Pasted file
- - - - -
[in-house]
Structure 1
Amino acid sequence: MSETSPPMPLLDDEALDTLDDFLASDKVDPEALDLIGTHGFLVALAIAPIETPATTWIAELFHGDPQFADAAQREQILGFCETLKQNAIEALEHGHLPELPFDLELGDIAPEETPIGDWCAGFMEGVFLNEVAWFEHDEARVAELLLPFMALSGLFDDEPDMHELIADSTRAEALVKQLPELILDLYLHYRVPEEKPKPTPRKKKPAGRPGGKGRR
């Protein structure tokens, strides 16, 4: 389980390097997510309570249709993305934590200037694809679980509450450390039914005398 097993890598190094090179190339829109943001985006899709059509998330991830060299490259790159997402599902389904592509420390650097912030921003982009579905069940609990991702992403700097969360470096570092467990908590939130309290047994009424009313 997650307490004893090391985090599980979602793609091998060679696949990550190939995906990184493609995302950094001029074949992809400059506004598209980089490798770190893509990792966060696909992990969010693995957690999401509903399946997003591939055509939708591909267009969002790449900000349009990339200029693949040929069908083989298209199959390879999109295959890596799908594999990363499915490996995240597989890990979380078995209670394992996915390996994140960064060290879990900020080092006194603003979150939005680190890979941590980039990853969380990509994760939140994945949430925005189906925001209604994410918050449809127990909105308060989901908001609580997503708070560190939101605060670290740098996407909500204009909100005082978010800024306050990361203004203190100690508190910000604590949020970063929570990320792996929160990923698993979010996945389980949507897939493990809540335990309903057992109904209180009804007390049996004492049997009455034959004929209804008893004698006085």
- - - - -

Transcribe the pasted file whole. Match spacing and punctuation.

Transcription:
[in-house]
Structure 1
Amino acid sequence: MSETSPPMPLLDDEALDTLDDFLASDKVDPEALDLIGTHGFLVALAIAPIETPATTWIAELFHGDPQFADAAQREQILGFCETLKQNAIEALEHGHLPELPFDLELGDIAPEETPIGDWCAGFMEGVFLNEVAWFEHDEARVAELLLPFMALSGLFDDEPDMHELIADSTRAEALVKQLPELILDLYLHYRVPEEKPKPTPRKKKPAGRPGGKGRR
């Protein structure tokens, strides 16, 4: 389980390097997510309570249709993305934590200037694809679980509450450390039914005398 097993890598190094090179190339829109943001985006899709059509998330991830060299490259790159997402599902389904592509420390650097912030921003982009579905069940609990991702992403700097969360470096570092467990908590939130309290047994009424009313 997650307490004893090391985090599980979602793609091998060679696949990550190939995906990184493609995302950094001029074949992809400059506004598209980089490798770190893509990792966060696909992990969010693995957690999401509903399946997003591939055509939708591909267009969002790449900000349009990339200029693949040929069908083989298209199959390879999109295959890596799908594999990363499915490996995240597989890990979380078995209670394992996915390996994140960064060290879990900020080092006194603003979150939005680190890979941590980039990853969380990509994760939140994945949430925005189906925001209604994410918050449809127990909105308060989901908001609580997503708070560190939101605060670290740098996407909500204009909100005082978010800024306050990361203004203190100690508190910000604590949020970063929570990320792996929160990923698993979010996945389980949507897939493990809540335990309903057992109904209180009804007390049996004492049997009455034959004929209804008893004698006085």